Gregg M. — Songs are a proven way to help learners better understand and internalize grammar. He showed us in some detail the curriculum and rationale for his course that features carefully selected songs and one video in order to promote listening skills and a better understanding of grammatical elements.

Adam J. — Geekiness is a label and one needs to be careful about such labeling. Jenkins asserts that one’s identity is self-determined and that we should reject labels that we are not comfortable with.

Adam P. — Lingua Anglica

Google's neural network translation is coming to us and may be eliminating lingua francas over time. It is an arguable concept to be sure, but we will see to what extent significantly better machine translators influence the use of and need to learn English.

Mike B. — Embracing Awe “In the Pursuit of Happiness”

Lifestyle is important but we are spending so much time working. Mike tries to find the depth and essence in each thing he does. Attitude improvement is achieved though studying awe. Awe is being completely focused and in touch. Mike even learns awe from his dog. He suggests that we have students write about, think about, and recognize awe. Take the time to consider awe.

Jon D. — Communicating in an Intercultural relationship

Love is said to have three types: Romantic Love, Compassionate Love (selflessness) and Attachment Love (social obligations, belonging). He also referred to ren’ai in Japan.

He quickly went through the 10 aspects of the qualities of love.

Leveth J. —The Features of Classroom Action Research

Action Research is a systematic yet dynamic collaborative enquiry done by regular teachers to improve (change) their teaching environment. It can be used to solve or improve problems quickly. She recommends all teachers to engage in AR

Why AR? Affords opportunities to reflect about how one teaches.

AR is starts wi Action and leads to Critical reflection. Jackson affirmed that reflection is a much needed teaching practice.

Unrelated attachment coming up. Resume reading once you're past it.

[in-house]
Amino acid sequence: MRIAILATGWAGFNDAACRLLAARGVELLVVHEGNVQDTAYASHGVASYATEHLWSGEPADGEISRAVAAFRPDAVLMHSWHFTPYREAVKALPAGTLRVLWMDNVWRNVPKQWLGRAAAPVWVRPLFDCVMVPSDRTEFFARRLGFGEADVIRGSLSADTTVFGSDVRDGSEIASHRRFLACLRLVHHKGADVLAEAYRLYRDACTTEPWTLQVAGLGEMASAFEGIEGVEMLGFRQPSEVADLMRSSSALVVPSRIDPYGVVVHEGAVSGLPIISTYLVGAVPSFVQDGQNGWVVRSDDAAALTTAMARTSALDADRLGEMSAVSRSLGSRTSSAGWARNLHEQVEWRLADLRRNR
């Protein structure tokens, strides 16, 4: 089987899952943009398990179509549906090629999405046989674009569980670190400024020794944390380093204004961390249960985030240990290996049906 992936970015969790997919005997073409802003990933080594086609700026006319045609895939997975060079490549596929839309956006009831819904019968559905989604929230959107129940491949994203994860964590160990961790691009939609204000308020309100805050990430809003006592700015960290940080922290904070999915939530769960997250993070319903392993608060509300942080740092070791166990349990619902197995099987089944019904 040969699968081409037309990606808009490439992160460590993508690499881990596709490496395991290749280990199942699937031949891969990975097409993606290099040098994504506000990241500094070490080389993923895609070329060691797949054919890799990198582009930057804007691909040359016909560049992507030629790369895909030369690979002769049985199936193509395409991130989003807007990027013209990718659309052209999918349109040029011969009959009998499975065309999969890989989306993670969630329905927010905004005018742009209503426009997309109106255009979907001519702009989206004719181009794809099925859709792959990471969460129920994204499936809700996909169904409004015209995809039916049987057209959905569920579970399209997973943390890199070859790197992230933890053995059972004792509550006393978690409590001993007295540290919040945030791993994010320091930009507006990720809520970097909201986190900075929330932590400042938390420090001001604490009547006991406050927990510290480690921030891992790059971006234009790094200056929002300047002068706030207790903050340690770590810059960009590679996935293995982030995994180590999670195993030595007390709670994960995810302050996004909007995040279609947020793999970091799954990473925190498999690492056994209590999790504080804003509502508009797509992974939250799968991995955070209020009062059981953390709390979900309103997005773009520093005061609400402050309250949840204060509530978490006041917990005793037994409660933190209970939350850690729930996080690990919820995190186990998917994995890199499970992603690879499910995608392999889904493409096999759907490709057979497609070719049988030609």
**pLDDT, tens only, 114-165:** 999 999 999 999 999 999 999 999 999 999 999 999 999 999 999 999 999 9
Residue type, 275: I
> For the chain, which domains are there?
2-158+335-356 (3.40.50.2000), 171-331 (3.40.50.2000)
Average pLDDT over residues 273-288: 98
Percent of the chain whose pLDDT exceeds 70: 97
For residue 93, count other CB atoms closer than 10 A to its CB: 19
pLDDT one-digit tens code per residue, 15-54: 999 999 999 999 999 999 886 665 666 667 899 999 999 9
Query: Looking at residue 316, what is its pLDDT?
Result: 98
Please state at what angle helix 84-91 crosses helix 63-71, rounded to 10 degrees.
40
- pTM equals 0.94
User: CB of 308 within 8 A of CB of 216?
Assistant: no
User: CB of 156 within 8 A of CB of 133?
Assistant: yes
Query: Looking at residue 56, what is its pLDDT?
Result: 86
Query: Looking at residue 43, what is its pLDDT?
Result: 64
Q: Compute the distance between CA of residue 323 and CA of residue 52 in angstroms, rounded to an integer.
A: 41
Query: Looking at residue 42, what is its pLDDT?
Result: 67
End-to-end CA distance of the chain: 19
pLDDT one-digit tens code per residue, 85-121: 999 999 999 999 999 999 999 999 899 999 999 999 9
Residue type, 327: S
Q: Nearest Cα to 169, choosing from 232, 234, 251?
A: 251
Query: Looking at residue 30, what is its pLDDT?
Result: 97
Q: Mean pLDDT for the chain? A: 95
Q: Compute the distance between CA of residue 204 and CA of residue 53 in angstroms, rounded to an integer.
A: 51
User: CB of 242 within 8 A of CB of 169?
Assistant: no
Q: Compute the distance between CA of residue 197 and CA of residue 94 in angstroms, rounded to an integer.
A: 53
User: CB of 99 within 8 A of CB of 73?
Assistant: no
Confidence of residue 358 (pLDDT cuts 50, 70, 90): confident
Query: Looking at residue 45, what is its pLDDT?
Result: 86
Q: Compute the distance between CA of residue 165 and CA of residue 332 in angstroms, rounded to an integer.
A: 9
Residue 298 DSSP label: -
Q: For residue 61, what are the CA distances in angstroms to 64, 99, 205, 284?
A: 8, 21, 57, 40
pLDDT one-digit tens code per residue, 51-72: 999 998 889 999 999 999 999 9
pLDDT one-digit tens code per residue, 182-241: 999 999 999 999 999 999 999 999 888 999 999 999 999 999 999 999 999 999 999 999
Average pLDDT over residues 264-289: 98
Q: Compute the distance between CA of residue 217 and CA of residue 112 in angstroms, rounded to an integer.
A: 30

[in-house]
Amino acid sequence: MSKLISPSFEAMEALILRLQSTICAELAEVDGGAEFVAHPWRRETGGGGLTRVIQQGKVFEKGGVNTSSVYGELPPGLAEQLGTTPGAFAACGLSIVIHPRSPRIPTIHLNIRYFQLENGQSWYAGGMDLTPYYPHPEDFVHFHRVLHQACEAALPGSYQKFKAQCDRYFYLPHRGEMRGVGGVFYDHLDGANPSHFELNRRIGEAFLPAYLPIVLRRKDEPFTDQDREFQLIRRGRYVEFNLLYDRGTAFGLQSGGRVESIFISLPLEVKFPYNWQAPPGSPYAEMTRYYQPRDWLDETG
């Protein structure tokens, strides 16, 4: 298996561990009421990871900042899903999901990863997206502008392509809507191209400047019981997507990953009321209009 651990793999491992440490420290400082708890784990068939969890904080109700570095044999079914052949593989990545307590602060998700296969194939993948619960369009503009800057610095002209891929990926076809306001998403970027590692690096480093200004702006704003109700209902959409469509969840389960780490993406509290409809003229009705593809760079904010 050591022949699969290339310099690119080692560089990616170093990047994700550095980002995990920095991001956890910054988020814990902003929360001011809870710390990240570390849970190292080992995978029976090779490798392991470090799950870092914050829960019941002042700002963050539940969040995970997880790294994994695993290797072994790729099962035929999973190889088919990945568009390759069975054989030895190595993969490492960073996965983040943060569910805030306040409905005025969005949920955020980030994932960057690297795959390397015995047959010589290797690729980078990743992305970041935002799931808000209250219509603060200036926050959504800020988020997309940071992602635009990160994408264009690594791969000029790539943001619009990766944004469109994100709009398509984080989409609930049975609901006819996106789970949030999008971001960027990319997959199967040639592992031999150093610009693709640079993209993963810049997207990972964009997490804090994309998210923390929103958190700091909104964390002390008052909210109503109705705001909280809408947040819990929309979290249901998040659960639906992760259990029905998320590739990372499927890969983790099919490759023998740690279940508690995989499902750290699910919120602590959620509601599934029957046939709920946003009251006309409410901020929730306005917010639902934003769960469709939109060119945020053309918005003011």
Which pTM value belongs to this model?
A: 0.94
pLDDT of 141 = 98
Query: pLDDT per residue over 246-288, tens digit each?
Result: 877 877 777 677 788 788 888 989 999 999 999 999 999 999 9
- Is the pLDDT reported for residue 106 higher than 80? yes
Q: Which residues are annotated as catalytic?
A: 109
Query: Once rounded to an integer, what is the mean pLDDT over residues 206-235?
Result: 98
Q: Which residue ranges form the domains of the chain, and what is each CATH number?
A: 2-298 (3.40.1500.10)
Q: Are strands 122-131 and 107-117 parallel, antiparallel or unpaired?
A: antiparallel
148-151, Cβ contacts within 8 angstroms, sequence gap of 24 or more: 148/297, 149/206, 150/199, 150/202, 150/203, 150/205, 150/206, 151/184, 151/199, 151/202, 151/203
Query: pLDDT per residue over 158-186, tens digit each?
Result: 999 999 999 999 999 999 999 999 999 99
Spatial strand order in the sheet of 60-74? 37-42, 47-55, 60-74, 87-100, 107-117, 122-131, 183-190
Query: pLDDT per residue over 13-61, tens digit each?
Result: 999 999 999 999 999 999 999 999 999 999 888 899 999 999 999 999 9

AR is participatory. This affected get to have input in the process. Research is shared with various stakeholders.

October 8, 2016 Diane Nagatomo, Teaching English in Japan: Understanding Identity Development Through Teachers’ Stories.

posted Dec 10, 2016, 11:33 PM by Hamamatsu JALT

As usual, Prof. Diane Nagatomo gave a lively and down-to-earth presentation about what is in fact a somewhat complex theme. She described the results of her recent study that investigated the personal and professional identity development o female English teachers in Japan who have chosen to reside here as permanent migrants. Most came to Japan out of a desire for temporary overseas adventure, but some decided to make Japan their permanent home and English language teaching their career. In particular, her research focused on foreign women who are married to Japanese men. She invited us to look at her recent research (book) which examines this in detail.

She described in some detail the intricacies and negotiations (and sometimes refusal to negotiate) of a particular American woman who went from rural English teacher to rural, but very accomplished priest who also continued to teach English sometimes on the same day that she was presiding over funeral rituals. 

July 2, 2016: Wendy M. Gough "Developing Content-Based Learning With Reading Circles"

posted Jul 30, 2016, 1:26 AM by Hamamatsu JALT